I’m writing this article in the memory of my khalu [uncle], DSP Qasim Ali Khan Ghouri, who was martyred at 8:30am on August 15. This is not meant to be a eulogy because no words are sufficient to express my affection and regard for Khalu.
I’d just like to share some very special experiences and lessons from his life.
Lessons from a martyr
Khalu often used to express his deepest sympathies for the frequent martyrdoms of policemen but I never thought that he’d be the one to sacrifice his life. I believed that he loved his family the most but evidently his responsibilities toward the nation came first.
On August 15, Khalu rushed to Safari Park to rescue the body of ASI Asif, who had been shot by some gangsters. When Khalu arrived at the crime scene, the rest of the policemen were waiting for an armoured personnel carrier to recover the body but he couldn’t let the gangsters take over his police jawaan’s body. So Khalu snatched his guard’s rifle and charged ahead.
Unfortunately, these days the gangsters had more advanced artillery than our under-resourced police. The gangsters opened heavy fire on Khalu and hit him at least nine times but he kept firing back. Long after Khalu was shot, there was no sign of emergency medical help or an APC so he could be taken to a facility nearby. Khalu died shortly after he reached a hospital.
This was definitely not the first time that our ill-equipped policemen have tried to deal with a heavily armed mafia. It has become the order of day that a couple of policemen die and the whole nation fails to appreciate the sacrifices of our protectors. I’m very proud of my Khalu’s brave attempt, and whole-heartedly acknowledge the heart-felt condolences of his well-wishers. I also deeply thank the police department for the esteem they accorded to him.
Lessons from a policeman
Khalu and I had frequently discussed that though the police department has its fair share of flaws, they can be corrected. The departmental flaws do not, however, take away from the sacrifices of our jawaans. Khalu thought that we should take seriously the advices of policemen to improve the department because a lot of policemen genuinely want to help the people the most. He explained that since the police are under-resourced, the policemen have insufficient funds for even operational expenditures, such as petrol and office supplies. Hence, the police need extra funding to even maintain their current infrastructure, let alone upgrade it.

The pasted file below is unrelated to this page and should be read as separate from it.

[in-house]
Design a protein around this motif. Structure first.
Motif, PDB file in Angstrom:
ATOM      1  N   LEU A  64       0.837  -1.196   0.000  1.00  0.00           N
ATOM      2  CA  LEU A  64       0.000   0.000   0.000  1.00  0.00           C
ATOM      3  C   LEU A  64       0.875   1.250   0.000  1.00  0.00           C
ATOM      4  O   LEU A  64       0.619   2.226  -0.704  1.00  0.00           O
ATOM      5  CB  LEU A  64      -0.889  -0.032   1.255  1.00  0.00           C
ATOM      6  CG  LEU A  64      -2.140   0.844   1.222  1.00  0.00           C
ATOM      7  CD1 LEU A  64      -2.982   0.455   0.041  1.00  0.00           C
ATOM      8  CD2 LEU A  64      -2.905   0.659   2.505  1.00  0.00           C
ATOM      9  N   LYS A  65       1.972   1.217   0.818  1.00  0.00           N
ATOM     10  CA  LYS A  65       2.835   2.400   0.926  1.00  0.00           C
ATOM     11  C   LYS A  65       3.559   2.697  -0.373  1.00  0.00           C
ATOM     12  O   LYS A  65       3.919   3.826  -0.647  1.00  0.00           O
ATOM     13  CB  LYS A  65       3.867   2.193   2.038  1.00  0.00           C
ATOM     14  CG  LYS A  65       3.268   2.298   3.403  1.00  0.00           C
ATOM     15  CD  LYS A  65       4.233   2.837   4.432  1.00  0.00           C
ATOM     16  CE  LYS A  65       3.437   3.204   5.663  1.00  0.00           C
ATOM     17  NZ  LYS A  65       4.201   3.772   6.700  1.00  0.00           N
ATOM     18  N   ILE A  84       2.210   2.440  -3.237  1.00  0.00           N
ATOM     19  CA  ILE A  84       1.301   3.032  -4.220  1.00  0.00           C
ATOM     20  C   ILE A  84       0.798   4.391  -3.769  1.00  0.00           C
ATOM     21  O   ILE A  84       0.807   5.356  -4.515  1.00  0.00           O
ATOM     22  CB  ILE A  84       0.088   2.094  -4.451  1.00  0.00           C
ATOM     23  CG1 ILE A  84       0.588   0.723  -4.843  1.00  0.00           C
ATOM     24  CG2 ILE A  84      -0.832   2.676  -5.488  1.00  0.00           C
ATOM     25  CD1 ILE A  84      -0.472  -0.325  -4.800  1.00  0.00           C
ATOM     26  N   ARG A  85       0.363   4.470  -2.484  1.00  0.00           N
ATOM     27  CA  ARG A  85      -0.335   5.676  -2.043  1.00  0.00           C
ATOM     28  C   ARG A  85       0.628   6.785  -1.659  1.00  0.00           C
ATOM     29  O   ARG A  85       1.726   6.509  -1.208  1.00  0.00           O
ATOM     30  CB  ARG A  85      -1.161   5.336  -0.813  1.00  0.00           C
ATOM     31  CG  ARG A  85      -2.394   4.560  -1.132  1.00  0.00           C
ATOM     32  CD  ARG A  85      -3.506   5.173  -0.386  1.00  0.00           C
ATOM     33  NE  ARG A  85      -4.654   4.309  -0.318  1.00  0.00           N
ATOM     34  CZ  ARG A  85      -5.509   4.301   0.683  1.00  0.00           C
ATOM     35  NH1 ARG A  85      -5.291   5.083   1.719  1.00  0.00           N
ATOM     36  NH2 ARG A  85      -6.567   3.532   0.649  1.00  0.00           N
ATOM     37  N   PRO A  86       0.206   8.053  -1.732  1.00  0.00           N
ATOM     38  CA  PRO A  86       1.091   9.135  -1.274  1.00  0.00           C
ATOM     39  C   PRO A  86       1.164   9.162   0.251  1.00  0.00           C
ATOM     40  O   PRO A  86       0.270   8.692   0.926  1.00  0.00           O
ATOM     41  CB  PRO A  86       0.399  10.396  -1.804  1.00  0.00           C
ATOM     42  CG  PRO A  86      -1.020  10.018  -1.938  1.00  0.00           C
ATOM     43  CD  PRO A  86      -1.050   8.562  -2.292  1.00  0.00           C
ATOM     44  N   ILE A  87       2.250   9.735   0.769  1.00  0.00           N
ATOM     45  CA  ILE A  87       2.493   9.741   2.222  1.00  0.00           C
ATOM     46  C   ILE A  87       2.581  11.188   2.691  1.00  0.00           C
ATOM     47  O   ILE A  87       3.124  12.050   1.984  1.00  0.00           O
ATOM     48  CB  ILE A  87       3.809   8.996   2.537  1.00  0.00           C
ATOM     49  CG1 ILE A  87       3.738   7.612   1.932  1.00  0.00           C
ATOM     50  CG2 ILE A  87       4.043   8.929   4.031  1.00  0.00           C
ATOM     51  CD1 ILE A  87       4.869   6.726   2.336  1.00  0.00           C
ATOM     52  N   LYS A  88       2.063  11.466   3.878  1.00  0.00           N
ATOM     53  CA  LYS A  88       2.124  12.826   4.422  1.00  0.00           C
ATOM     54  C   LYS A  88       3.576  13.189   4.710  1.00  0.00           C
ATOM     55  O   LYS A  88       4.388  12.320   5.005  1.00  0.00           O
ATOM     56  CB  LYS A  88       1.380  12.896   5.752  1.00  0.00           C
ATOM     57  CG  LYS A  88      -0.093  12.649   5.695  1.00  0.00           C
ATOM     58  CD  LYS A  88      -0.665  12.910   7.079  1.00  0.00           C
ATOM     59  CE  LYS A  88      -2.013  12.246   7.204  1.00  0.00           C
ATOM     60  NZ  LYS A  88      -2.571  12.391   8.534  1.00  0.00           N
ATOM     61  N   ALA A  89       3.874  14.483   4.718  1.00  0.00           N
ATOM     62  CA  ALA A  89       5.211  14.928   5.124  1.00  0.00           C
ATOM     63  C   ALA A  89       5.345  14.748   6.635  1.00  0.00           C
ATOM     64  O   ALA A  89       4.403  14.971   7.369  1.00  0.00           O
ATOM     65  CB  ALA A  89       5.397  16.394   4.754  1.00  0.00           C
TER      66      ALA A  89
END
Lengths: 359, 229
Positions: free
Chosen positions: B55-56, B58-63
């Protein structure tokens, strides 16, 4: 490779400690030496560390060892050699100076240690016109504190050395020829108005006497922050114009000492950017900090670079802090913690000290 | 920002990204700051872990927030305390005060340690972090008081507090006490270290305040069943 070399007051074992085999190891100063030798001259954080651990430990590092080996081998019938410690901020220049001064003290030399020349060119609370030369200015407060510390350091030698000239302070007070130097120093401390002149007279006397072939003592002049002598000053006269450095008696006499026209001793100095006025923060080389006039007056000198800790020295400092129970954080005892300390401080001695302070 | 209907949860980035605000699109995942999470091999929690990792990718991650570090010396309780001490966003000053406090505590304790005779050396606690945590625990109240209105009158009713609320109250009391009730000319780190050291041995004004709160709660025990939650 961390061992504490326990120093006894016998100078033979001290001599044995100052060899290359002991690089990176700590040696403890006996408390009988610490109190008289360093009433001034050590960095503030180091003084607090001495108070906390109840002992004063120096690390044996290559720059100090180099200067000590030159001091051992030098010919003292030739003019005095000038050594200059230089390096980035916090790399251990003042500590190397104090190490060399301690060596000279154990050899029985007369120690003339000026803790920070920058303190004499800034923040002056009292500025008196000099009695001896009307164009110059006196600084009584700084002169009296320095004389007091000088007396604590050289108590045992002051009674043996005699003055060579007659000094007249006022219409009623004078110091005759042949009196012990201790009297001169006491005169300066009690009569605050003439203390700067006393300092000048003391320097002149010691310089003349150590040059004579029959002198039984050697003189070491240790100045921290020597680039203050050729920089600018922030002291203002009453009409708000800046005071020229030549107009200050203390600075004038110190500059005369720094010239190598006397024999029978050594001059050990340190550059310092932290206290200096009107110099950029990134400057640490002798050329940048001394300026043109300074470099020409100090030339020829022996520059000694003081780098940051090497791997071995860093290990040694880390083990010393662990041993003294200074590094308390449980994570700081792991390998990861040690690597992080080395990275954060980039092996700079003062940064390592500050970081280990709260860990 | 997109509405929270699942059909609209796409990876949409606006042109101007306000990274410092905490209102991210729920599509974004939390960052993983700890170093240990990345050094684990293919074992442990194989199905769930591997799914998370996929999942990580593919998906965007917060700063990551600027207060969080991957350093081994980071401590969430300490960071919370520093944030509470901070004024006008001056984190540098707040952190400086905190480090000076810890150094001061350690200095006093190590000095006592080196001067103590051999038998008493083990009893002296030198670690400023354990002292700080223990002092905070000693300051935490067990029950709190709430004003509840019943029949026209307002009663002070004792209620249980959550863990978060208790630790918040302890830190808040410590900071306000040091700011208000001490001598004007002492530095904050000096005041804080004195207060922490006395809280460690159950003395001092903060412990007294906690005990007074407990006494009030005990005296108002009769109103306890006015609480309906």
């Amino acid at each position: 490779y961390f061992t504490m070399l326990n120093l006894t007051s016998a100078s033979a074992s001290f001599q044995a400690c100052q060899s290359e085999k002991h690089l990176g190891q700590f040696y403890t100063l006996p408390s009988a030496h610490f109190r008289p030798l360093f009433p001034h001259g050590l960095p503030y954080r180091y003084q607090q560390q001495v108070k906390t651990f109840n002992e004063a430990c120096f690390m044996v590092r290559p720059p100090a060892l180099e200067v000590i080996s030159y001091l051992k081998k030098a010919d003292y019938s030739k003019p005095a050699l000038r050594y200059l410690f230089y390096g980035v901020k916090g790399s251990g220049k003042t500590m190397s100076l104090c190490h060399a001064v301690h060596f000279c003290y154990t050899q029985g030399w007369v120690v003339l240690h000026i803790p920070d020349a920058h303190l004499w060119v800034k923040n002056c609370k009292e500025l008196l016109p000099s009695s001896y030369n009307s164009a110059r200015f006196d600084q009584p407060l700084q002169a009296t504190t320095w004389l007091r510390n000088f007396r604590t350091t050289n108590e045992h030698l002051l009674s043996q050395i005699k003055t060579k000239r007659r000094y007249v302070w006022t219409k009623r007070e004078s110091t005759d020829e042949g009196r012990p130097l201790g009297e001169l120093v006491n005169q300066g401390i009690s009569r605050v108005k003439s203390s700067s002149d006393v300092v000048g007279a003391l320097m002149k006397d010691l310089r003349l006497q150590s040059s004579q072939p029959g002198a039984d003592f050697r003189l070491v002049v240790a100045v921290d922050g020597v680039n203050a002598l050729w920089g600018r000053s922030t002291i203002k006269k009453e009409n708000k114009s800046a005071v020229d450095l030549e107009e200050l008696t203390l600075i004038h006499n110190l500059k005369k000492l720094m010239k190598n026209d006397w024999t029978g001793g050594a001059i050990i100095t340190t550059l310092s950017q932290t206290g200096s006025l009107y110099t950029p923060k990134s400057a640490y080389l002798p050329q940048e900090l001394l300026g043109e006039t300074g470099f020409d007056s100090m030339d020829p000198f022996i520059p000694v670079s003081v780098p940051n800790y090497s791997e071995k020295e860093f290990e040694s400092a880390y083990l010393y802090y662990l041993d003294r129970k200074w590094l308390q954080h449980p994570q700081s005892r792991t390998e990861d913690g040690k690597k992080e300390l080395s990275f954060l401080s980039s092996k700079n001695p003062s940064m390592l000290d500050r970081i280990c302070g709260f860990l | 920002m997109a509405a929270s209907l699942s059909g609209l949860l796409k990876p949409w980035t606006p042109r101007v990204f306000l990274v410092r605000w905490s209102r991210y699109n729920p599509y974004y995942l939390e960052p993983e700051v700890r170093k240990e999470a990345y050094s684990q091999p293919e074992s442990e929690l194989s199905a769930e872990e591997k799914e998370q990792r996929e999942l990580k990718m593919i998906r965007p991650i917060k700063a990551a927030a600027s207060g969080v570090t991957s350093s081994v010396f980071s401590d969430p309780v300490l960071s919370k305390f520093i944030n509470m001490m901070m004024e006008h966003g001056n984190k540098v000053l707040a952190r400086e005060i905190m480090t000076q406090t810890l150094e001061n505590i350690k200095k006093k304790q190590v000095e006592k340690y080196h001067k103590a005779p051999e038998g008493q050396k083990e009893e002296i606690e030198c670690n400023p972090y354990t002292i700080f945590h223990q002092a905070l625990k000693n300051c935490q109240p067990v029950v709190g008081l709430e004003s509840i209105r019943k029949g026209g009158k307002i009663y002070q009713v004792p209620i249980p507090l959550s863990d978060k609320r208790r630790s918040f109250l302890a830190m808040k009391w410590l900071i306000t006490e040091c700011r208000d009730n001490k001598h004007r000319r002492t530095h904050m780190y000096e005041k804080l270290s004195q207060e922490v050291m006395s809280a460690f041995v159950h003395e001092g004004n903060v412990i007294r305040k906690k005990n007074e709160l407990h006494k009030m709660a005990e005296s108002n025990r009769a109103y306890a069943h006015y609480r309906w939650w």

Khalu further explained that corruption may also get viral when the higher ups want additional resources and the subordinates have to collect funds to pass on. Therefore, it is imperative that we support our direly needed police department as it always steps up to fight with criminals and terrorist groups, regardless of what its resources are.
Lessons from a caretaker
Khalu epitomised a fearless, responsible and caring person. He not only carried out his responsibilities as a policeman but also took extremely good care of his family. For me, he was not only much more than a father but also a friend, teacher, brother, driver, event planner and a lot more. He single-handedly solved everyone’s problems, and remained calm and light-hearted in harsh times. He taught us to take on others’ problems and solve them with the best of our capabilities.
May Allah grant my shaheed [martyred] baba a really good spot in Jannatul Firdous. Ameen.
The writer is pursuing her Bachelor’s of Arts in Mathematics and Physics at Mount Holyoke College in the United States.
Published in The Express Tribune, August 20th, 2013.